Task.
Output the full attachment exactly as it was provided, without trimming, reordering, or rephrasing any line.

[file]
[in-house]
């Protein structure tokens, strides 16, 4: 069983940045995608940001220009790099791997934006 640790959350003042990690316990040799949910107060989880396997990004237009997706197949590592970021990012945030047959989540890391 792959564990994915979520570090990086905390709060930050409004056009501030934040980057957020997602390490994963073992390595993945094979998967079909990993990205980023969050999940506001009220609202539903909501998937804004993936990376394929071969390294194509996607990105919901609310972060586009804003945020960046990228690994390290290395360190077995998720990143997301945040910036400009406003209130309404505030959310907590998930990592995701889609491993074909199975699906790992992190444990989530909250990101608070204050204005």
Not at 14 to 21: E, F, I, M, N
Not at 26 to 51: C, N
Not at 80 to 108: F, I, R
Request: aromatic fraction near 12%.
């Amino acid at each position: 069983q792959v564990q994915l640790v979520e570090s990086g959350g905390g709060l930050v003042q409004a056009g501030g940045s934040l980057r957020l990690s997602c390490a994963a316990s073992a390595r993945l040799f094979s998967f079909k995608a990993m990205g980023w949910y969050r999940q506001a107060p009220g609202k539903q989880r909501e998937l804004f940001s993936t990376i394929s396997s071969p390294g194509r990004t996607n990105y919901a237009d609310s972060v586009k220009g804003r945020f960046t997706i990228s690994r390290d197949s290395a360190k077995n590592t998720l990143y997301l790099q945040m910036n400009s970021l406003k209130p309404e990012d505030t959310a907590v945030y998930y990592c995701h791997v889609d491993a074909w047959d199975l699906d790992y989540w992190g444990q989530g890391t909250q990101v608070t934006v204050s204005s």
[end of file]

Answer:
[in-house]
């Protein structure tokens, strides 16, 4: 069983940045995608940001220009790099791997934006 640790959350003042990690316990040799949910107060989880396997990004237009997706197949590592970021990012945030047959989540890391 792959564990994915979520570090990086905390709060930050409004056009501030934040980057957020997602390490994963073992390595993945094979998967079909990993990205980023969050999940506001009220609202539903909501998937804004993936990376394929071969390294194509996607990105919901609310972060586009804003945020960046990228690994390290290395360190077995998720990143997301945040910036400009406003209130309404505030959310907590998930990592995701889609491993074909199975699906790992992190444990989530909250990101608070204050204005």
Not at 14 to 21: E, F, I, M, N
Not at 26 to 51: C, N
Not at 80 to 108: F, I, R
Request: aromatic fraction near 12%.
């Amino acid at each position: 069983q792959v564990q994915l640790v979520e570090s990086g959350g905390g709060l930050v003042q409004a056009g501030g940045s934040l980057r957020l990690s997602c390490a994963a316990s073992a390595r993945l040799f094979s998967f079909k995608a990993m990205g980023w949910y969050r999940q506001a107060p009220g609202k539903q989880r909501e998937l804004f940001s993936t990376i394929s396997s071969p390294g194509r990004t996607n990105y919901a237009d609310s972060v586009k220009g804003r945020f960046t997706i990228s690994r390290d197949s290395a360190k077995n590592t998720l990143y997301l790099q945040m910036n400009s970021l406003k209130p309404e990012d505030t959310a907590v945030y998930y990592c995701h791997v889609d491993a074909w047959d199975l699906d790992y989540w992190g444990q989530g890391t909250q990101v608070t934006v204050s204005s």